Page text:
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I’ve always loved to make things by hand, ever since I was a little girl. And as the years go by, I’ve added new techniques to my repertoire. One of the handmade techniques that I’ve learned most recently is crochet, and I’ve fallen in love with its versatility. I love how you can work all sorts of materials and also work off of other totally different materials (such as my crochet carry bags from upcycled fruit nets). But it’s also fun to make more traditional items.
Last June, one of the knit cafès that I participate in, Tricò al Bistrò, decided to do a CAL (crochet along) together for a summer shawl and we decided upon this lovely summer wrap pattern by Drops called Evening Breath.
(I finished this last October, which is why my hair is still short-ish in these pictures. I didn’t publish this review until now because it didn’t seen very seasonal-appropriate to write about summer accessories in autumn!)
All Drops patterns are designed for a specific Drops yarn, in this case a lovely self-striping wool/nylon blend. I can’t even imagine wearing anything in wool OR nylon in the summer, never mind both together. So instead I decided to make my own stripes with a more summery yarn.
I decided on an ombre effect with various shades of the same color. My local yarn shop had the most color variety of DMC’s Natura Just Cotton yarn, but not enough shades of any one color. So in the end I decided to go for a gray-scale effect with black, dark gray, light gray and white.
The shawl is a classic triangle shape with a fan motif that is repeated ad nauseam. In order to create different colored stripes, I worked four rows in each color until reaching the final size.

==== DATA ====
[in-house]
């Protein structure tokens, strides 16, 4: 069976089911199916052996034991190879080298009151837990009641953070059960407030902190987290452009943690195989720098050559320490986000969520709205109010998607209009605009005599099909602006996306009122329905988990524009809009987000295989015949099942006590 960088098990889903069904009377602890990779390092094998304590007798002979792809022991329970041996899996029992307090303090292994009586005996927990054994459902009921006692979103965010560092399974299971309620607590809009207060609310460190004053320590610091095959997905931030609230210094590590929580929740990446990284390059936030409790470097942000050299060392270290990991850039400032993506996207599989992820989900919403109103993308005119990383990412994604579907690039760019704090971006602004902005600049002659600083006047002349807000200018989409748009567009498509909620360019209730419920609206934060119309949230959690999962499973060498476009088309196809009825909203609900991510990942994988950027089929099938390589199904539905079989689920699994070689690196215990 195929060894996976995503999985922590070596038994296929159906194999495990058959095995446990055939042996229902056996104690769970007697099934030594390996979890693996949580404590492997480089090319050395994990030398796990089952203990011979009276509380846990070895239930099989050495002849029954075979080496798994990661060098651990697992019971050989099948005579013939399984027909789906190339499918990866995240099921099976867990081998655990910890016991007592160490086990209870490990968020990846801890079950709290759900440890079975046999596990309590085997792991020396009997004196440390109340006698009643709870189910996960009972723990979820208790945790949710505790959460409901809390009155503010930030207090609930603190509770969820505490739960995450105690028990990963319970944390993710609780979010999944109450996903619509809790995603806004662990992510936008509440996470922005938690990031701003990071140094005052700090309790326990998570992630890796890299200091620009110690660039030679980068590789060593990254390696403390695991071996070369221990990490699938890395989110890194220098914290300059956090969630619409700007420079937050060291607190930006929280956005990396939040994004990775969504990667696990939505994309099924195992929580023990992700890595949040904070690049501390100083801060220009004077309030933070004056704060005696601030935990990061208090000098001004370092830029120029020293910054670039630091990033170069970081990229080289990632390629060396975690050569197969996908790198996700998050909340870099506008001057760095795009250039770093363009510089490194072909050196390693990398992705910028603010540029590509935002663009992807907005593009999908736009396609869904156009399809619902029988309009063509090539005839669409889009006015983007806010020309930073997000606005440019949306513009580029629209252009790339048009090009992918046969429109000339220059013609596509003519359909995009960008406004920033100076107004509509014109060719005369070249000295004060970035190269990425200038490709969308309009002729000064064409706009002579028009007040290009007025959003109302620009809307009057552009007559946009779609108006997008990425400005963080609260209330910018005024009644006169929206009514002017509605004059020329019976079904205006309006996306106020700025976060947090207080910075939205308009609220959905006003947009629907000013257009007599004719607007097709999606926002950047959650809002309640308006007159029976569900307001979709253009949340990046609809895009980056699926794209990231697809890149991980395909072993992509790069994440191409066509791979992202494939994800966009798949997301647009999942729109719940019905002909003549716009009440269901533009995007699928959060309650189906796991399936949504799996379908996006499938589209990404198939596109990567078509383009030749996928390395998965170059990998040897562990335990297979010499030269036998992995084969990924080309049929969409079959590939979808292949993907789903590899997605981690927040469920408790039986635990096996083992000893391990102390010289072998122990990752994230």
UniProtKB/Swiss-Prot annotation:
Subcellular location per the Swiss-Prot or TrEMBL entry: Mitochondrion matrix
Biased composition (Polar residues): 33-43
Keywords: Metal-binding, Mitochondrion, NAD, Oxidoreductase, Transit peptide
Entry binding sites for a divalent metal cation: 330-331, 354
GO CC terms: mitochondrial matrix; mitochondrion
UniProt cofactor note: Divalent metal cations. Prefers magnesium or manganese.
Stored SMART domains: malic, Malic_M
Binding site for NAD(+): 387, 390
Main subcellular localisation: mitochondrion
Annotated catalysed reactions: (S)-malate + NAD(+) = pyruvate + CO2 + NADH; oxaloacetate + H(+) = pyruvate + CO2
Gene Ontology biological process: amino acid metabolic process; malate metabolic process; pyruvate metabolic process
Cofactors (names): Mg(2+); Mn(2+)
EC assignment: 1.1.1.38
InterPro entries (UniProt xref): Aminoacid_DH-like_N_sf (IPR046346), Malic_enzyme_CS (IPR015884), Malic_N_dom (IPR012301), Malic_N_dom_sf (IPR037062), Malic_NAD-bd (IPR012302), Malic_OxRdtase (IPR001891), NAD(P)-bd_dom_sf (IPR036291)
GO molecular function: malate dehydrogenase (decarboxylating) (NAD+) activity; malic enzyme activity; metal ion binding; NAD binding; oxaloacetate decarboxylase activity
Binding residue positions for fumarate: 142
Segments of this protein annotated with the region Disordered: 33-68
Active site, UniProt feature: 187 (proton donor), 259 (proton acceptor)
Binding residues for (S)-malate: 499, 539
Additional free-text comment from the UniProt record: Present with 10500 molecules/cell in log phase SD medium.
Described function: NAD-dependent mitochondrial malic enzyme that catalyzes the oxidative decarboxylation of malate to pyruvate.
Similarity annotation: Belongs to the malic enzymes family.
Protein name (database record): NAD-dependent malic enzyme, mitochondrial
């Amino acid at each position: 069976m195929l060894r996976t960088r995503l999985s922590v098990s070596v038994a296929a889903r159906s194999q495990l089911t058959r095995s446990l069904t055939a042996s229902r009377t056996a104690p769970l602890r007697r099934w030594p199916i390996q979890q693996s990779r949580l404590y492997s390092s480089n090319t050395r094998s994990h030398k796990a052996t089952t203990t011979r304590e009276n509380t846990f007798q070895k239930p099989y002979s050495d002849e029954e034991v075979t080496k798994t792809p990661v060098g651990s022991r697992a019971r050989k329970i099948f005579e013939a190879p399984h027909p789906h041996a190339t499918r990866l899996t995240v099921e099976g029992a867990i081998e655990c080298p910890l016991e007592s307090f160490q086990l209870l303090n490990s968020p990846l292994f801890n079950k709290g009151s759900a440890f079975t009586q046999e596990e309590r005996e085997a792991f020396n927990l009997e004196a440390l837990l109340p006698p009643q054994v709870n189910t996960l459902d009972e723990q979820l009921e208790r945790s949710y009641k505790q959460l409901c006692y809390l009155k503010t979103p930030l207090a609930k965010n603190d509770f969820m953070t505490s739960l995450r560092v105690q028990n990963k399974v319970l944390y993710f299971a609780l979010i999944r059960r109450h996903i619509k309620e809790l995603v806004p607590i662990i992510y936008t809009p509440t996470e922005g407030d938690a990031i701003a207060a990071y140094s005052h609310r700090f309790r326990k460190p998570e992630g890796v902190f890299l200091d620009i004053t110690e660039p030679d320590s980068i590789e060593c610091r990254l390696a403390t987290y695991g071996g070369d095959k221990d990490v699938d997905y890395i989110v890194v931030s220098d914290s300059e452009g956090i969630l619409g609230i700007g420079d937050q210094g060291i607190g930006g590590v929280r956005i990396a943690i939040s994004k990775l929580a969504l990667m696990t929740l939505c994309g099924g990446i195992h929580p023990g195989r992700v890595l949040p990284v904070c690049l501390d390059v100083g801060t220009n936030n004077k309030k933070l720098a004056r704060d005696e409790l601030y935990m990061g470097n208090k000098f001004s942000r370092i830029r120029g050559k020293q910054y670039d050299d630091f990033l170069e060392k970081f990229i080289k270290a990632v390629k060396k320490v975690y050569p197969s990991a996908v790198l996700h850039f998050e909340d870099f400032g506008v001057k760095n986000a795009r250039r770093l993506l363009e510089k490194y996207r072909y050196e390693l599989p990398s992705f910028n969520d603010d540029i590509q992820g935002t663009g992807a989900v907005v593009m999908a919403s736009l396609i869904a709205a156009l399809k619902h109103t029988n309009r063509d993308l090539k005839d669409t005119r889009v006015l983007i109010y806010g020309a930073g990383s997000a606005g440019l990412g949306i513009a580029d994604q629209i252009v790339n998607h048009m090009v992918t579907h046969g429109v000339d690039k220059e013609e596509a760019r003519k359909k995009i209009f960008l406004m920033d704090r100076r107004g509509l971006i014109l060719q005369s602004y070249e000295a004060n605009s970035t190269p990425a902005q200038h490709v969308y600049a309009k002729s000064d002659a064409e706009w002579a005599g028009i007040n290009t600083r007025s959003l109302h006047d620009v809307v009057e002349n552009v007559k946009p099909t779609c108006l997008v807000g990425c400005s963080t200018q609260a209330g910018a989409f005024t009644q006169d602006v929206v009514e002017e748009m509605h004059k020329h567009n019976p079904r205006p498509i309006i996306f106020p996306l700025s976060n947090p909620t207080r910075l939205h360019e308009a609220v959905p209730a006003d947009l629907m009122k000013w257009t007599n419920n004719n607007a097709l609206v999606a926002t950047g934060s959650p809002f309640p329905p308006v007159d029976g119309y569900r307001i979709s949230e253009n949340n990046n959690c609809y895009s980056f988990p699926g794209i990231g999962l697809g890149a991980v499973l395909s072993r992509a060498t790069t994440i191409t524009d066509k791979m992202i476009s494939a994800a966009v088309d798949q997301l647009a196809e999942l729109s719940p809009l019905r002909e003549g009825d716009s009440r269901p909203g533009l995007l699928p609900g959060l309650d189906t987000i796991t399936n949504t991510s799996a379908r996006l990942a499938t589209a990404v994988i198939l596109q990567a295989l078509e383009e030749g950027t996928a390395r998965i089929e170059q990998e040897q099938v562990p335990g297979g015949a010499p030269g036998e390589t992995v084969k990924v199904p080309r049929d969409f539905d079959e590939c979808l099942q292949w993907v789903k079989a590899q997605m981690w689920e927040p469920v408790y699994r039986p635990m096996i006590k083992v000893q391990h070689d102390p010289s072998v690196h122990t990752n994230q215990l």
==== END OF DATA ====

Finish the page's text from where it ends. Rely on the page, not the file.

The stripes really accentuate the triangle effect, especially in the back.
This was actually my very first “big” crochet project, even before my Saturn Sweater, which I already posted about a few months ago. It actually ended up being a good beginner’s project for me because, once I figured out the motif, it was pretty easy to work up. Also, it was a great project to take on the go with my because I didn’t have to count rows or stitches, so I could just pick it up and put it down as necessary. I worked on it in planes and trains, in waiting rooms and on the beach, and pretty much any and everywhere in between!
Let me tell you more now about this summer shawl crochet pattern!
The hardest part about this pattern is figuring out how to start it. Almost everyone in our knit cafè participating in this CAL had some issues understanding the beginning, but after the first six rows or so, the point at which you can see it above, the motif pattern started to make sense.
Another thing that everyone in our group noticed is that, the further you go along, and the longer each row gets as the triangle is made bigger, the longer it takes to finish each row. The last rows seemed to take forever!
The border is worked up in a slightly different fan shape to finish off the edges nicely.
I needed to buy more of each color yarn and didn’t realize until taking this picture that I’d accidentally gotten a different shade of white! While working on it in regular, non-bright light, I couldn’t even tell that they were different. At that point, those longest rows took so much time to work up and I just wanted to finish the project and be done with it, so I just left it. The difference drives me crazy, but probably nobody else even notices.
This was the first shawl I’d ever made, and I was surprised at how big it was in the end! (And how difficult it was to photograph, even with my unwilling helpers.)
I liked working on this crochet pattern, even if it did get a bit monotonous after a while. I wasn’t really that happy with the Natura Just Cotton yarn, though. It’s not the softest cotton in the world, and the strands tend to separate, making it sometimes difficult to crochet properly.
I do suggest this summer shawl crochet pattern, though, for adventurous beginners. This is a perfect wrap for cooler summer evenings, when you want to protect your shoulders from the damp chill in the air.
This shawl can also be used as a nice thick scarf. And, as you can see from this picture taken at one of the Tricò al Bistrò meetups, it’s also quite interesting aesthetically when crumpled up in a pile!
(Incidentally, check out what I’m wearing in this photo– I had just gotten my pictures taken for my no-sew T-shirt bracelets tutorial!)
Do you like crocheting summer accessories? Then download my FREE crochet pattern for the Ball & Chain necklace!